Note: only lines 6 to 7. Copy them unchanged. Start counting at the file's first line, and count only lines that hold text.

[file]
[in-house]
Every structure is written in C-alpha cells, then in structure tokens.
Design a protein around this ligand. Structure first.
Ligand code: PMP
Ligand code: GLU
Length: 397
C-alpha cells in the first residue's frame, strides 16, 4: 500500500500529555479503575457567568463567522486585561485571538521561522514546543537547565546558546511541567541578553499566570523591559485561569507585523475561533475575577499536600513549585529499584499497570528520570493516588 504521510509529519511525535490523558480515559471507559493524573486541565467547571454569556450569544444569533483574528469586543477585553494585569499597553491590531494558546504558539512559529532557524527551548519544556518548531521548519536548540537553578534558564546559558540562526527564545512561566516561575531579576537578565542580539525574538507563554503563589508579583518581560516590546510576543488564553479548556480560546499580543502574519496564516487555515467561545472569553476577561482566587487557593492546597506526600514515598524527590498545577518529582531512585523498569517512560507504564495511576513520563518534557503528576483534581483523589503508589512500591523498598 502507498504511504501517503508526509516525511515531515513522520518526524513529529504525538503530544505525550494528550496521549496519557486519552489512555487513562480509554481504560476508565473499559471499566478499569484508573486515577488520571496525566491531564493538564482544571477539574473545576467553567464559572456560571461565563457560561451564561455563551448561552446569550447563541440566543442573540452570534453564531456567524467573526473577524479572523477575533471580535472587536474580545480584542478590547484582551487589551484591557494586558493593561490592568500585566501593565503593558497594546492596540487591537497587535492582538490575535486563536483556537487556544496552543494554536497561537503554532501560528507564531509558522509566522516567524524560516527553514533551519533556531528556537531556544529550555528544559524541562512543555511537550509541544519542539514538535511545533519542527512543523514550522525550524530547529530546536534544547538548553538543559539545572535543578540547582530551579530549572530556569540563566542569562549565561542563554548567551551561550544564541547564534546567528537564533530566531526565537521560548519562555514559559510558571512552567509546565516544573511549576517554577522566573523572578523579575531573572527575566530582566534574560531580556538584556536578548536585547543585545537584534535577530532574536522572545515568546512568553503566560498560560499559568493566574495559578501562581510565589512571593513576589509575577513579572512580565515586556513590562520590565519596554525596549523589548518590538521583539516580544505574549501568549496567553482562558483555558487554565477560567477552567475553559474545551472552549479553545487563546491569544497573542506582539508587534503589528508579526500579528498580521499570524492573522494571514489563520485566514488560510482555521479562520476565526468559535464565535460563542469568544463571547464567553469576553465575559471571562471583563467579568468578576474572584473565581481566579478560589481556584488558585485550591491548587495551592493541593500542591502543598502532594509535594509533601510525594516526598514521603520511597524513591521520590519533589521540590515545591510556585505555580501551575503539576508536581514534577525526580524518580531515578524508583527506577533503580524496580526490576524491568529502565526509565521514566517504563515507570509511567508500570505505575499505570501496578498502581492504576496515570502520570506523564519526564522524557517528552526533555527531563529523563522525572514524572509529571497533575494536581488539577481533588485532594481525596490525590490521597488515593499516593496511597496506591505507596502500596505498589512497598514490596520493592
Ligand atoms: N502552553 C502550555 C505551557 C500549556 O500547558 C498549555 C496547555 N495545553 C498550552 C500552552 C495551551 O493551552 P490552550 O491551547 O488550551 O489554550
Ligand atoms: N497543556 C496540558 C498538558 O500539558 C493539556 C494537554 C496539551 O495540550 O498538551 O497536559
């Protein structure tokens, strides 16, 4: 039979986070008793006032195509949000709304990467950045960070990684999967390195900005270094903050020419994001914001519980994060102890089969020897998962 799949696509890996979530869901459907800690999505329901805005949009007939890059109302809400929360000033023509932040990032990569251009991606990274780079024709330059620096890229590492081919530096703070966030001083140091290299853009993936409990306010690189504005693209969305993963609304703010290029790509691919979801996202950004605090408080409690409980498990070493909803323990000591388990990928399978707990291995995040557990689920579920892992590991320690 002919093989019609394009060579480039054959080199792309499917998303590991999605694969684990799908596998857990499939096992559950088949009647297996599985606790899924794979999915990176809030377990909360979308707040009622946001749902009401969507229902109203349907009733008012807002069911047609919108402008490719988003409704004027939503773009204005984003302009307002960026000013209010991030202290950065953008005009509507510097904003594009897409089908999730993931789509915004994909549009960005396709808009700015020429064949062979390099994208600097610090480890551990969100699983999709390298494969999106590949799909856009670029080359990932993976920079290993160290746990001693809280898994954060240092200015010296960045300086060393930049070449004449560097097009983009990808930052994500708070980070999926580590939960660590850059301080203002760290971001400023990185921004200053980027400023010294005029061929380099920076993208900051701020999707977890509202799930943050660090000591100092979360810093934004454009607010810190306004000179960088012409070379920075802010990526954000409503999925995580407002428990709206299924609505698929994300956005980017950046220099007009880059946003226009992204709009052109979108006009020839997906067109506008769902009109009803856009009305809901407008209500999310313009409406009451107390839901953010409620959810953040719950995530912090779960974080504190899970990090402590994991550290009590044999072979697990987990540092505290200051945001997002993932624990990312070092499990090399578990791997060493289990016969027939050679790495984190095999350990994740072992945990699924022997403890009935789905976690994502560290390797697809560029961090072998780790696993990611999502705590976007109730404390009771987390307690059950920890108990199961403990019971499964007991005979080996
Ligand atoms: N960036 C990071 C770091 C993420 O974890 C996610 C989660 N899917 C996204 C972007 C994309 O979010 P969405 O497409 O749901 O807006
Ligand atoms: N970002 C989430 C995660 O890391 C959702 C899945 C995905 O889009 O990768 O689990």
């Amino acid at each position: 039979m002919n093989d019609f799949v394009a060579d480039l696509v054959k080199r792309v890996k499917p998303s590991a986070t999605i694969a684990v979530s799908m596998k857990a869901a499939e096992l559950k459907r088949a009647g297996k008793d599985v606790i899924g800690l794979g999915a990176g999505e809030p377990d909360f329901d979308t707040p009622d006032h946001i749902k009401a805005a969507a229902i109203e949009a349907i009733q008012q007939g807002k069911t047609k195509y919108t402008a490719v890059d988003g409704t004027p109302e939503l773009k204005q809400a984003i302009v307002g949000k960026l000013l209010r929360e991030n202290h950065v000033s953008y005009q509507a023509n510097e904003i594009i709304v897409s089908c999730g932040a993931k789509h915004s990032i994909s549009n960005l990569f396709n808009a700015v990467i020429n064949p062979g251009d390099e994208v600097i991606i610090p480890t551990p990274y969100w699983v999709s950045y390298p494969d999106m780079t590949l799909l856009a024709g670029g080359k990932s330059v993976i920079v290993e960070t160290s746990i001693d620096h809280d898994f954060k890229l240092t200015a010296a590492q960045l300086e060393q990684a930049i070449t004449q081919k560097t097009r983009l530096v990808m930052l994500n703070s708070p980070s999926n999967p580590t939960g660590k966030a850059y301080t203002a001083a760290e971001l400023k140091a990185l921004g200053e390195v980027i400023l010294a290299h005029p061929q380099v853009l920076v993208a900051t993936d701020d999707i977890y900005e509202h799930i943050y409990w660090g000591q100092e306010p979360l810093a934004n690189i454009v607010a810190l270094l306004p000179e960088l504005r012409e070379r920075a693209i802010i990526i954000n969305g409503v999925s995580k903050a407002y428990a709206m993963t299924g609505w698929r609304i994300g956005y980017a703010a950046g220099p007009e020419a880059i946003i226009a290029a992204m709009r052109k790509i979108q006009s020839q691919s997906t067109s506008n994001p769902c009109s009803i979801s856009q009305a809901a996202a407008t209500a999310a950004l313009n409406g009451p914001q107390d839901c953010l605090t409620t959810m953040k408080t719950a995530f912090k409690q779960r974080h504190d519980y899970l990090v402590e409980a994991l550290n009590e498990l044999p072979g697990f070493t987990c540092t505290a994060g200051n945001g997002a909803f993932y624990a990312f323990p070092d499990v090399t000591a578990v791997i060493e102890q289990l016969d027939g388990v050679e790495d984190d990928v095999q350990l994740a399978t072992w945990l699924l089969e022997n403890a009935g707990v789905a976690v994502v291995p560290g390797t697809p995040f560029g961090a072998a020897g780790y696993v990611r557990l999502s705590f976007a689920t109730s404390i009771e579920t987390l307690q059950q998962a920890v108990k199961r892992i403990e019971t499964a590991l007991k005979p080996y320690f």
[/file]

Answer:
Length: 397
C-alpha cells in the first residue's frame, strides 16, 4: 500500500500529555479503575457567568463567522486585561485571538521561522514546543537547565546558546511541567541578553499566570523591559485561569507585523475561533475575577499536600513549585529499584499497570528520570493516588 504521510509529519511525535490523558480515559471507559493524573486541565467547571454569556450569544444569533483574528469586543477585553494585569499597553491590531494558546504558539512559529532557524527551548519544556518548531521548519536548540537553578534558564546559558540562526527564545512561566516561575531579576537578565542580539525574538507563554503563589508579583518581560516590546510576543488564553479548556480560546499580543502574519496564516487555515467561545472569553476577561482566587487557593492546597506526600514515598524527590498545577518529582531512585523498569517512560507504564495511576513520563518534557503528576483534581483523589503508589512500591523498598 502507498504511504501517503508526509516525511515531515513522520518526524513529529504525538503530544505525550494528550496521549496519557486519552489512555487513562480509554481504560476508565473499559471499566478499569484508573486515577488520571496525566491531564493538564482544571477539574473545576467553567464559572456560571461565563457560561451564561455563551448561552446569550447563541440566543442573540452570534453564531456567524467573526473577524479572523477575533471580535472587536474580545480584542478590547484582551487589551484591557494586558493593561490592568500585566501593565503593558497594546492596540487591537497587535492582538490575535486563536483556537487556544496552543494554536497561537503554532501560528507564531509558522509566522516567524524560516527553514533551519533556531528556537531556544529550555528544559524541562512543555511537550509541544519542539514538535511545533519542527512543523514550522525550524530547529530546536534544547538548553538543559539545572535543578540547582530551579530549572530556569540563566542569562549565561542563554548567551551561550544564541547564534546567528537564533530566531526565537521560548519562555514559559510558571512552567509546565516544573511549576517554577522566573523572578523579575531573572527575566530582566534574560531580556538584556536578548536585547543585545537584534535577530532574536522572545515568546512568553503566560498560560499559568493566574495559578501562581510565589512571593513576589509575577513579572512580565515586556513590562520590565519596554525596549523589548518590538521583539516580544505574549501568549496567553482562558483555558487554565477560567477552567475553559474545551472552549479553545487563546491569544497573542506582539508587534503589528508579526500579528498580521499570524492573522494571514489563520485566514488560510482555521479562520476565526468559535464565535460563542469568544463571547464567553469576553465575559471571562471583563467579568468578576474572584473565581481566579478560589481556584488558585485550591491548587495551592493541593500542591502543598502532594509535594509533601510525594516526598514521603520511597524513591521520590519533589521540590515545591510556585505555580501551575503539576508536581514534577525526580524518580531515578524508583527506577533503580524496580526490576524491568529502565526509565521514566517504563515507570509511567508500570505505575499505570501496578498502581492504576496515570502520570506523564519526564522524557517528552526533555527531563529523563522525572514524572509529571497533575494536581488539577481533588485532594481525596490525590490521597488515593499516593496511597496506591505507596502500596505498589512497598514490596520493592